Word of mouth interactions take place on a daily basis. So much so, that we barely differentiate them from normal, everyday conversations with friends. However, even though we may not realize it, I have learned that we all hold the power to influence our peers through conversations and interactions by simply becoming more aware of the WOM episodes I engage in with others.
I realized that most of my word of mouth episodes took place with my closest friends, those people being the ones I interact with the most and who tend to share my interests. In times when I was receiving a recommendation, it was crucial that I was interacting with someone who I trust to recommend something worth my time to follow-up with. However, I did notice that there were a few times when I found myself urging people, with whom I have just met, to try out something. Though these instances were somewhat rare, I had to be relatively new to the product or service myself and highly enthused by it as well in order to be recommending something to someone I barely know.
Most of my interactions also took place with a single person. Since most of them came up within casual, unplanned conversations, they tended to be one-on-one interactions while having lunch, driving to class, etc. However, I did notice that there were times when I would bring up the same topic in multiple conversations in the same day. This seemed to occur when the product or service was relatively new to me, yet was something I was very excited about and wanted to be the first one to encourage others. I noticed that often times I could chart the lifecycle of the WOM interaction, from the time I heard about and became excited about the product until the time I told others. I noticed that I had often heard about it from someone else, tried it myself, and if it was something worthwhile, I would recommend it quite often within that first week-to-month that I experienced it. While this cycle may only be applicable to those WOM episodes that were unplanned and unsolicited, I think it is something that would be interesting to study as a trend among others.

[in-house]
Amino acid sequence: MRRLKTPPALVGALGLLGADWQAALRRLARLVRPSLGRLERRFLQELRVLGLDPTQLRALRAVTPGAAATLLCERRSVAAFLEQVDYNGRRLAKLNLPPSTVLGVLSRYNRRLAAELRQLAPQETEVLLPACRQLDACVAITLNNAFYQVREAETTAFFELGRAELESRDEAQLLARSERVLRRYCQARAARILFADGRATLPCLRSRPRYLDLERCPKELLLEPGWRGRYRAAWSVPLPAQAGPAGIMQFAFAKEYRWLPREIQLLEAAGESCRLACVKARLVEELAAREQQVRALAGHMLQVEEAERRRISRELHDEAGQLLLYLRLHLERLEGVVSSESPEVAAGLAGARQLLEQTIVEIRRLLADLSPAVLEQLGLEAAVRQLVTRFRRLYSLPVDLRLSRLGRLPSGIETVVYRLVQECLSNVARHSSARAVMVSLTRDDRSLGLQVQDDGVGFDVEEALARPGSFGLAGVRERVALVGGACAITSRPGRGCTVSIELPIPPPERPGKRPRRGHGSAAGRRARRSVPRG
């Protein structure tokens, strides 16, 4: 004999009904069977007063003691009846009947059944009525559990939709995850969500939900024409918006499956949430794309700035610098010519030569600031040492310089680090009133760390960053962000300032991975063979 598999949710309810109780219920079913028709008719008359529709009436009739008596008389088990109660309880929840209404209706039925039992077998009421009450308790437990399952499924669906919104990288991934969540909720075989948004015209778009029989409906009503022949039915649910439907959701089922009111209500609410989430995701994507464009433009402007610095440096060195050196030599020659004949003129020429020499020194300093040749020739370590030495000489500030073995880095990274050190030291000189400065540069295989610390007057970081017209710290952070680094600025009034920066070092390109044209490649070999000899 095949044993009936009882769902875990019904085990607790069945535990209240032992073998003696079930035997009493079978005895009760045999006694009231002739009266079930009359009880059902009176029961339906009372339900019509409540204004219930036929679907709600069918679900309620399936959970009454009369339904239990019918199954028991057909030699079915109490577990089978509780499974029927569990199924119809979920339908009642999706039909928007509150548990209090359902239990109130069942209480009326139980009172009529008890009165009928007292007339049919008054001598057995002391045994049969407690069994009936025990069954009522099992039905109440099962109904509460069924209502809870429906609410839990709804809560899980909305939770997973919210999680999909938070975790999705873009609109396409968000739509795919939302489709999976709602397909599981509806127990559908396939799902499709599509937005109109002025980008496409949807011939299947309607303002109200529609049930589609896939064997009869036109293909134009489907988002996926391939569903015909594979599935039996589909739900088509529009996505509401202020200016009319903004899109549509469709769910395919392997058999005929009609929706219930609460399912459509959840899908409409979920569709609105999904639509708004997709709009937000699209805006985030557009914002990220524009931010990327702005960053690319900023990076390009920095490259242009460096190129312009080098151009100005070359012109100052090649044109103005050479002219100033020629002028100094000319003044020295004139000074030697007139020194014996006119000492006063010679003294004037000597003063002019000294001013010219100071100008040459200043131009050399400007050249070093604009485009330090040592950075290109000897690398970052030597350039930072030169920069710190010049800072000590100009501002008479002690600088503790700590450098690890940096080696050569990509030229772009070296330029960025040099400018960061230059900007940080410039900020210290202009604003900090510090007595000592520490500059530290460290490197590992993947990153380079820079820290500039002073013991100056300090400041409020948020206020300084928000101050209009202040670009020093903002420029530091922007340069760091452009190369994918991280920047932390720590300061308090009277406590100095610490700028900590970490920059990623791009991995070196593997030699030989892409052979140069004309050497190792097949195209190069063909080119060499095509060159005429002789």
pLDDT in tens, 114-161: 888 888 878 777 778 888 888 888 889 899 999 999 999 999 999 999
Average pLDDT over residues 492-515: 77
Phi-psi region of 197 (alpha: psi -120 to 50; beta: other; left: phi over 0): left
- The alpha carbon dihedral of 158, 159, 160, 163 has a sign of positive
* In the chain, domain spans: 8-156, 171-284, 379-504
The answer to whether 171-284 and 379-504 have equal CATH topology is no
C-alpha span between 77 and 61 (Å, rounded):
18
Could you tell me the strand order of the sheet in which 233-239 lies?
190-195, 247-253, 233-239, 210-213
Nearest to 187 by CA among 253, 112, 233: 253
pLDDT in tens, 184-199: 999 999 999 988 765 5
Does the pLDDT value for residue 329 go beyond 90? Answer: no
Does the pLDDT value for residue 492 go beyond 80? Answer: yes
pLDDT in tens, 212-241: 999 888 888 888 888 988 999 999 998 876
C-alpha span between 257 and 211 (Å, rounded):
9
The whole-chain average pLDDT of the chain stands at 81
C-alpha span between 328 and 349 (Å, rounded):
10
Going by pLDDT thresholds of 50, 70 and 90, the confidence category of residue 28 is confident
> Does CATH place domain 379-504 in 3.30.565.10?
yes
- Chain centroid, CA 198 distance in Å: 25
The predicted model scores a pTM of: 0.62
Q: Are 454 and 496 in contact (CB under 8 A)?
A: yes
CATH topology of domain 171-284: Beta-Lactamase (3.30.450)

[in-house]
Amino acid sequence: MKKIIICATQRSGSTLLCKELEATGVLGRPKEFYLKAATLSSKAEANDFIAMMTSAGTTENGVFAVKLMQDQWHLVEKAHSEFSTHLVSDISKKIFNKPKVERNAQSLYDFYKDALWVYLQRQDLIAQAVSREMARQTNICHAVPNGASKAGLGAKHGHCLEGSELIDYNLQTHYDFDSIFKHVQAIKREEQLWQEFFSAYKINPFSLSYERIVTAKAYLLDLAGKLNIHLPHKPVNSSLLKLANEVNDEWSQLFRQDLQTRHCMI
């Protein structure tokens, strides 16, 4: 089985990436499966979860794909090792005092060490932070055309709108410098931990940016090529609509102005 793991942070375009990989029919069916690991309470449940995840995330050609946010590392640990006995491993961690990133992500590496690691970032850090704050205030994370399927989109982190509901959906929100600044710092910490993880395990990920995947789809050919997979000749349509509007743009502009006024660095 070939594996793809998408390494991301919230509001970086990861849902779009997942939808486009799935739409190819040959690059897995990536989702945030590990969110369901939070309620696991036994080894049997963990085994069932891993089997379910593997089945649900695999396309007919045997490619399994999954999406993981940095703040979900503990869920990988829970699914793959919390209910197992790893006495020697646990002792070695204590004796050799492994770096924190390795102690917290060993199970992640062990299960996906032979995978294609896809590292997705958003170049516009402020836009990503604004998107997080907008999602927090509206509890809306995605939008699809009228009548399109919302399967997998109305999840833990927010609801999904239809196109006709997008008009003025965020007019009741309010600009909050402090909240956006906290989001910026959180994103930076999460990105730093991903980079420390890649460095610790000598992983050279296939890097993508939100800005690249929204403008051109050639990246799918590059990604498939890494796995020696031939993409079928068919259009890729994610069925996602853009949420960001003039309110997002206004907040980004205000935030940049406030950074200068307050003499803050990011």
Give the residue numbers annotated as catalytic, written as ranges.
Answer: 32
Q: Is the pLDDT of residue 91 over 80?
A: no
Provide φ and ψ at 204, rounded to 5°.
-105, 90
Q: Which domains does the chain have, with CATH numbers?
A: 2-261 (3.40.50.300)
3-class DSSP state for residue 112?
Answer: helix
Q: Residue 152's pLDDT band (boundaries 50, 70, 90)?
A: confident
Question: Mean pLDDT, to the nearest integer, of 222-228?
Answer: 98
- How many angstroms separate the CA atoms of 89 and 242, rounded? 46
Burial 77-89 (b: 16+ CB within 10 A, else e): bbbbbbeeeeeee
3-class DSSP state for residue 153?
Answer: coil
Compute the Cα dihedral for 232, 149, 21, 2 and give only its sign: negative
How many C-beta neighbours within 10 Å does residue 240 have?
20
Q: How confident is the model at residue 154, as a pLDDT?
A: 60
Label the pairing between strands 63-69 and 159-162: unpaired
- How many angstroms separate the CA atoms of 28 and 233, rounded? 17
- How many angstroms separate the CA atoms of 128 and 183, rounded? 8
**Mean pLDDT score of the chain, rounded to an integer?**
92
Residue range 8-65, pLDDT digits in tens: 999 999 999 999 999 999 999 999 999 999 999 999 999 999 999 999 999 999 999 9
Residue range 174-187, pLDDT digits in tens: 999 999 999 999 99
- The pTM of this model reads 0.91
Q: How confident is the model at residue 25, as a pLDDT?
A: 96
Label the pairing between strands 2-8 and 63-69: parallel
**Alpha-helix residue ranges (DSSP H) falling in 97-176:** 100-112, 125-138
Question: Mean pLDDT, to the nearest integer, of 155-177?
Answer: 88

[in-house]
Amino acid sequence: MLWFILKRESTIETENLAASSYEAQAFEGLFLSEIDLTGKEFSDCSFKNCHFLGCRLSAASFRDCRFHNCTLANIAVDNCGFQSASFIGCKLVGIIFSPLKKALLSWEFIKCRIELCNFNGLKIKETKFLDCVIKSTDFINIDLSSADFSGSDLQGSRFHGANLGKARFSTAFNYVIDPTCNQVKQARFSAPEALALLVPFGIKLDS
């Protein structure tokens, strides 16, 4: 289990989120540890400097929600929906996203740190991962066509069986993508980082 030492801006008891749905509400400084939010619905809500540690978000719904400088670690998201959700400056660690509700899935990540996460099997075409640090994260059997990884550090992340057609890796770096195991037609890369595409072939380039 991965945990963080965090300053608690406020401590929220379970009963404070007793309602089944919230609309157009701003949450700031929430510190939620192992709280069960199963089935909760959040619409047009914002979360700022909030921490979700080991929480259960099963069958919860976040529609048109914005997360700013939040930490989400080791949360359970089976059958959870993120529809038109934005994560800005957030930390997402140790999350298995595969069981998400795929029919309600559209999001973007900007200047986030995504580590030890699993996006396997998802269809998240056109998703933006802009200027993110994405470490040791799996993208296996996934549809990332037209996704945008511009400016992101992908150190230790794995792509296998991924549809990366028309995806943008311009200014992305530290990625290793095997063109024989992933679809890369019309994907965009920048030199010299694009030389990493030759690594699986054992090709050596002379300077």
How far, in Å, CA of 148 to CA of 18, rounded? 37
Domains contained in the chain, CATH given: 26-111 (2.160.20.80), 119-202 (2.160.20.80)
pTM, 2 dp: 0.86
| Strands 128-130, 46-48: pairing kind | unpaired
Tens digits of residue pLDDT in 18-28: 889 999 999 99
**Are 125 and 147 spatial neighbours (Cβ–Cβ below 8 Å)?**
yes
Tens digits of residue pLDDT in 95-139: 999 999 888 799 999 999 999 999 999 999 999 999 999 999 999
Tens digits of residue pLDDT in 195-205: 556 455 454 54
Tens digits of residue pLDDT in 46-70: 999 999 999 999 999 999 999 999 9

It was seldom that I gave a recommendation about something I was not passionate about, such as detergent or nightclubs in
It was strange to feel a sense of power from simple word of mouth interactions that I didn’t necessarily even realize I was having. I rarely think of myself as an influencer, but this goes to show that everyone, at some point in their lives, has the potential to influence, even if it is just to one other person. If companies can get a decent number of people to act as advocates on their behalf, and if each one of these advocates only serves as an advocate to one other person, their word of mouth reach has the potential to surpass their advertising and marketing reach and still be passed along to others. It is funny that most companies have yet to capitalize on such a market when the benefits seem so obvious.-->
Tags: WOM word of mouth Word-of-Mouth Marketing buzz marketing viral marketing marketing communication Northeastern University